I think John's position (below) is quite tenable, but we differ slightly. I'll just share the advice I was given by a mentor many years ago when I presented an even ickier scenario (17-year-old girl, 34-year-old convict). She told me that instead of lecturing this client about how awful this was, I should invite this dude to therapy and treat the situation just as seriously as the girl did. I did exactly that, and he was history in a few days. I don't think it will be that quick in your situation, but it is always best to keep your friends close and your enemies closer. So have her over to dinner, get to be her buddy and see where things lead. You don't have to tell your son that you approve of this, but the more you fight it, the more "interesting" it will become.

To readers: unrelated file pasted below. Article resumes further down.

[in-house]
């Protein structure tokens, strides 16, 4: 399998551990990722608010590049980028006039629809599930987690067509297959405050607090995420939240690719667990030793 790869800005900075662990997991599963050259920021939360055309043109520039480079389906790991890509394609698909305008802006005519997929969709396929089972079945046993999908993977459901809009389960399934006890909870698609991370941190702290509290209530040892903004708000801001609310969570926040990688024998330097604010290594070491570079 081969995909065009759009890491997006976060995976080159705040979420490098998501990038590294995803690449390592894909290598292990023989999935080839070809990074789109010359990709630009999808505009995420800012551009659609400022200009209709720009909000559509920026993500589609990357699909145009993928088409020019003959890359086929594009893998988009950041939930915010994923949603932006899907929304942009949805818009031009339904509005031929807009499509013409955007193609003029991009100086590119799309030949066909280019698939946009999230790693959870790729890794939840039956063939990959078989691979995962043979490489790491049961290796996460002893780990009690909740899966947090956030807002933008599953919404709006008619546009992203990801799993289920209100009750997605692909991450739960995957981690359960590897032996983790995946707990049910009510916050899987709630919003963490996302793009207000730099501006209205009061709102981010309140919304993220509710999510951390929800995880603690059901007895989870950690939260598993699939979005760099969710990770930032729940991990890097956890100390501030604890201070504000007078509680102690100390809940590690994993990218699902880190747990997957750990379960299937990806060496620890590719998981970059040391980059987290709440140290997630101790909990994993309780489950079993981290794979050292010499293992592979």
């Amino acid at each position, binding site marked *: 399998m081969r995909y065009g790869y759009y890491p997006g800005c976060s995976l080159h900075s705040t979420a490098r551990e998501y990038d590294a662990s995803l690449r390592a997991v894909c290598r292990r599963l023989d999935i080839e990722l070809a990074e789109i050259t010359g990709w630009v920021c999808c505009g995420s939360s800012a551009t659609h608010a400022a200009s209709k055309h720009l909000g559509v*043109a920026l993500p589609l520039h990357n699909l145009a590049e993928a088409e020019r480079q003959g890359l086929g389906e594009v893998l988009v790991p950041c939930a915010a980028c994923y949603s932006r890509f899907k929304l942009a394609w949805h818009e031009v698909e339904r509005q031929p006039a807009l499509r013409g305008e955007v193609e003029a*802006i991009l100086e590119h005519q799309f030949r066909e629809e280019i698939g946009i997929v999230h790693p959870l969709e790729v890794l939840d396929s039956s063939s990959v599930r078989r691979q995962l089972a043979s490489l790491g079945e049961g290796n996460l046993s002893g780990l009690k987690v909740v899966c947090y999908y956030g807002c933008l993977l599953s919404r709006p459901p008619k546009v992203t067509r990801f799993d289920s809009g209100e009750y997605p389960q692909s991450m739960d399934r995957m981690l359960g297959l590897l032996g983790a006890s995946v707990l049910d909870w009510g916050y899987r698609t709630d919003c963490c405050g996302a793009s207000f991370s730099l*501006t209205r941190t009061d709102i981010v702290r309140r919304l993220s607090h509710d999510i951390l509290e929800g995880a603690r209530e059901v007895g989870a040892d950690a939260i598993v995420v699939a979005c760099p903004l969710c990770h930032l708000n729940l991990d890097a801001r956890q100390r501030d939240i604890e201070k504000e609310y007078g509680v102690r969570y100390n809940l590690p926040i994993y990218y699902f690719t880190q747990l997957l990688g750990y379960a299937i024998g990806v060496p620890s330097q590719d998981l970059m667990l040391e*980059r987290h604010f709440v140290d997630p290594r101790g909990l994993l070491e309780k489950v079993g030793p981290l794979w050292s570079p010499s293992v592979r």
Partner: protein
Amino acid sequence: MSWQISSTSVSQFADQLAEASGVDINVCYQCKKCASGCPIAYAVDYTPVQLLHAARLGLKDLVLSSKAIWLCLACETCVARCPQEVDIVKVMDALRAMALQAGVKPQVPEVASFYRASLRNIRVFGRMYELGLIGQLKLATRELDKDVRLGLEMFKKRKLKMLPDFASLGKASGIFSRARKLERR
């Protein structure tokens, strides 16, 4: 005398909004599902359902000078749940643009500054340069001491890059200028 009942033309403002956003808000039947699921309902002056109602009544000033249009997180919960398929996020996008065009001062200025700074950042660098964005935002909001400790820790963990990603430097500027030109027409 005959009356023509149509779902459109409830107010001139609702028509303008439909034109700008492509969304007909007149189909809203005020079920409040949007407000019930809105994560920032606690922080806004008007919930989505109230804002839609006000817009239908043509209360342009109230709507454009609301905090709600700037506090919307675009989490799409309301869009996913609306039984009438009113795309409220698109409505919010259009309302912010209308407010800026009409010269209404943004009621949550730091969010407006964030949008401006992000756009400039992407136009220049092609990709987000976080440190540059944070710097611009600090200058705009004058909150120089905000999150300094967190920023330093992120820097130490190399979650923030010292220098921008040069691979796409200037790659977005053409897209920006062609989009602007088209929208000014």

John: Captain Obvious once said that teenagers like to be rebellious. You can encourage your son to invest his hard-earned money, but that may convince him to blow it on slot machines. This "girlfriend" has made herself out to be flashier than Las Vegas, and your son thinks he's won the jackpot. Every day he pours his time, money and credibility into this casino of a woman, thinking he can beat the dealer and win it all. Your haughty disapproval and this woman's tabloid background only add to the thrill of the game.